DARPA Robotics Challenge Team and Approach
Lockheed Martin Advanced Technology Laboratories successfully leads Team TROOPER with teammates from the University of Pennsylvania and Rensselaer Polytechnic Institute. Our University partners support technologies related to grasp planning, walking path planning, perception, and whole body control. Rensselaer Polytechnic Institute team members focus on upper body planning and manipulation. University of Pennsylvania team members work on perception and lower and whole body control for walking and balancing tasks. Lockheed Martin ATL’s robotics experts help bring together hardware and software, working across disciplines from mechanical and electrical engineering to computer and materials science.
In April 2015, Team TROOPER invited Lockheed Martin employees to vote to choose a new name for our robot. Employees chose “Leo” in tribute to Leonardo da Vinci, who is credited with designing the humanoid robotic knight and whose work, much like robotics, involved the blending of many disciplines.
For the DARPA Robotics Challenge, Team TROOPER is creating a software solution that controls a robot using Human Guided Autonomy, which allows a robot to primarily work on its own, contacting a human only when it needs assistance. We’re using the DARPA-furnished Atlas robot as a hardware test bed for this Human Guided Autonomy software—in other words, we’re building the “brains” of the robot using advanced perception, processing and planning technologies.
As with any new technology, these robotic systems must perform reliably, predictably, and repeatedly—especially in unexpected circumstances such as disaster prevention and relief. Our goal is to achieve collaboration between a robot and its human operators, letting humans do what humans do best with the help of robots when situations become dangerous. We envision a future where robots could even help stop a situation before it becomes a disaster by completing small intervention tasks. Opening a valve to release hot air, for example, could alter the course of events in a big way.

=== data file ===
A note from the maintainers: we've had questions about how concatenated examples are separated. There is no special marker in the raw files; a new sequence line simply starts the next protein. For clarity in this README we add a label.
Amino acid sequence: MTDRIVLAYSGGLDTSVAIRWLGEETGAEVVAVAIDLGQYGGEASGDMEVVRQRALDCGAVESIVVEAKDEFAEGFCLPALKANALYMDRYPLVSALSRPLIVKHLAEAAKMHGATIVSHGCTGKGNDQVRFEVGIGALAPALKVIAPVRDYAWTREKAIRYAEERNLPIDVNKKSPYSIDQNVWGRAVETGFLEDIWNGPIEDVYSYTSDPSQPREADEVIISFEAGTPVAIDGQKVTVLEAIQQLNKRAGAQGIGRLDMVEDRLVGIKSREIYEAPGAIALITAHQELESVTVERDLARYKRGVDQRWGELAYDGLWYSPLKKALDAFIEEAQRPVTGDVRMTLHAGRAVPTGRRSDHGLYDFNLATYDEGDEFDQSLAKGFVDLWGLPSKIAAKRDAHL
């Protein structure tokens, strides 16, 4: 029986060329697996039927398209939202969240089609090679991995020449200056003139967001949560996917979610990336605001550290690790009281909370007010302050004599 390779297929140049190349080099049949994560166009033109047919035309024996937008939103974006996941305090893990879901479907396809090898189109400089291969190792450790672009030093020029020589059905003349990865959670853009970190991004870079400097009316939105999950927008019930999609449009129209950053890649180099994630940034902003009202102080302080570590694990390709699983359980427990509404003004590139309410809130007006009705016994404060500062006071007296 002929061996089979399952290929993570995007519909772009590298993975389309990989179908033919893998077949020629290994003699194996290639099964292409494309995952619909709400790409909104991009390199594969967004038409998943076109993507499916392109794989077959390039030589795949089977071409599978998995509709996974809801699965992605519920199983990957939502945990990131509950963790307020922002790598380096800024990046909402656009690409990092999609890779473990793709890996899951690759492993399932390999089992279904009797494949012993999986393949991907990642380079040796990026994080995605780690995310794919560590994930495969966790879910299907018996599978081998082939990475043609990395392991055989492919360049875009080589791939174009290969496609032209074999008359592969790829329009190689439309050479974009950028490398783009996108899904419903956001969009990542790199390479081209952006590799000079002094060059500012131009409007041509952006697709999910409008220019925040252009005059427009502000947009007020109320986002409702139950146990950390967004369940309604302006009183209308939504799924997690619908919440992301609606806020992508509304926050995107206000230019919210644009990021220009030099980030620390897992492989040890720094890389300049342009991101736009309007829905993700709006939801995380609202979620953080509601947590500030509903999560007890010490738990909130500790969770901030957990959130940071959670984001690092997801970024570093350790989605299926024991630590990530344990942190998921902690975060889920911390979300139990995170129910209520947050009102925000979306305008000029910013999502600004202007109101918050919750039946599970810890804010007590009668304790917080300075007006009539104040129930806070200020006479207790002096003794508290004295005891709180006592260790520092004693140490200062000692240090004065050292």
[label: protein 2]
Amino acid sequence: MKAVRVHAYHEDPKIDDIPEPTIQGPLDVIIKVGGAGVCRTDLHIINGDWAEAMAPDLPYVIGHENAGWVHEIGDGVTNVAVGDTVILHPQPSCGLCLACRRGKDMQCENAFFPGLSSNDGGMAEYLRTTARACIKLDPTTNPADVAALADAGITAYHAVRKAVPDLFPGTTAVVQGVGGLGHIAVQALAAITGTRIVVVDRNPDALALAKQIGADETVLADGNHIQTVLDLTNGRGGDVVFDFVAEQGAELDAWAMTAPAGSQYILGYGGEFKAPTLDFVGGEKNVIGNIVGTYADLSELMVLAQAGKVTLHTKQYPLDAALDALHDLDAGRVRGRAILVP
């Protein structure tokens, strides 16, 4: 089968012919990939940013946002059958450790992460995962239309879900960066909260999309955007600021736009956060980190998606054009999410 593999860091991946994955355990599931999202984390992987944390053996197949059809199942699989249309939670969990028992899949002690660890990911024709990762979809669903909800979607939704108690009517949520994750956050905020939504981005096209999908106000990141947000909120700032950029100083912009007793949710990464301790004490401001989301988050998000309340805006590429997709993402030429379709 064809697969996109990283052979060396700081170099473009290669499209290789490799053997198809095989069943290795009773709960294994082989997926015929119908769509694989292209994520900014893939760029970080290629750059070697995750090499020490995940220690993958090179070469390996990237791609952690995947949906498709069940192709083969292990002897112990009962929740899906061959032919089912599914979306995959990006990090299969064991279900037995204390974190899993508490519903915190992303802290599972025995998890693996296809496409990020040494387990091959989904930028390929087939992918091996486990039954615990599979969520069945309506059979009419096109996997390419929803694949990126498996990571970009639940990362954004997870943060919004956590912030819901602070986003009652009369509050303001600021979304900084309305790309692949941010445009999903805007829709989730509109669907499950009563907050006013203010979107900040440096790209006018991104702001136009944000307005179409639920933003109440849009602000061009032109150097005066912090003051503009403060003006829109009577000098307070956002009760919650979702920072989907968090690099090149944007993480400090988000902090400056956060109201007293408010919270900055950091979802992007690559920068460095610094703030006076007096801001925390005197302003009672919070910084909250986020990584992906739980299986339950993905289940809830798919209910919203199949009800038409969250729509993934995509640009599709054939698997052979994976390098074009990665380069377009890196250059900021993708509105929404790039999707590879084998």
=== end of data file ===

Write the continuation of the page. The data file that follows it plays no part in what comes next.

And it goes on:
How We Got To The Finals
Phase 1: Virtual Challenge
The DARPA Robotics Competition is a three phase challenge. The first phase, a Virtual Challenge in June 2013, had teams from around the world complete a virtual obstacle course with a virtual robot. Team TROOPER proved successful in getting its virtual robot to drive a vehicle, walk across difficult terrain, and attach a hose connector to a spigot and turn a valve. We were one of seven teams selected to receive an Atlas robot for use in the next phases of the DRC.
Phase 2: Challenge Trials
Phase 2 was the two-day DARPA Robotics Challenge Trials on December 20 and 21, 2013, in Homestead, Florida. For this challenge, 16 teams guided their robots through eight individual physical tasks that tested mobility, manipulation, dexterity, perception, and operator control mechanisms. The TROOPER team completed tasks with their Atlas robot that included removing debris blocking an entryway, climbing an industrial ladder, and opening a door to enter a building, finishing in the top 8 to secure a spot in the Finals.
Phase 3: Challenge Finals
For the DRC’s third and final phase, Team TROOPER will be using an upgraded Atlas robot that’s 75 percent new. This updated Atlas robot is 6’2” tall and weighs 400 pounds, which is two inches taller and 70 pounds heavier than the robot used in the Trials. While the tasks performed in the DRC Finals will be similar to those of the Trials, all tasks will be performed at one time in a single series. Pushing the technology further, robots will not be connected to power chords or fall arrestors.
Official DARPA Robotics
Did You Know?
Lockheed Martin Advanced Technology Laboratories worked with a consortium led by the University of Pennsylvania with Lehigh University to build an autonomous vehicle to compete in the DARPA Urban Challenge Competition in November 2007.
The group formed the Ben Franklin Racing team, and out of 89 teams that started the competition, they were one of only 11 teams selected to compete in the final competition.
The team was one of only six to successfully finish the course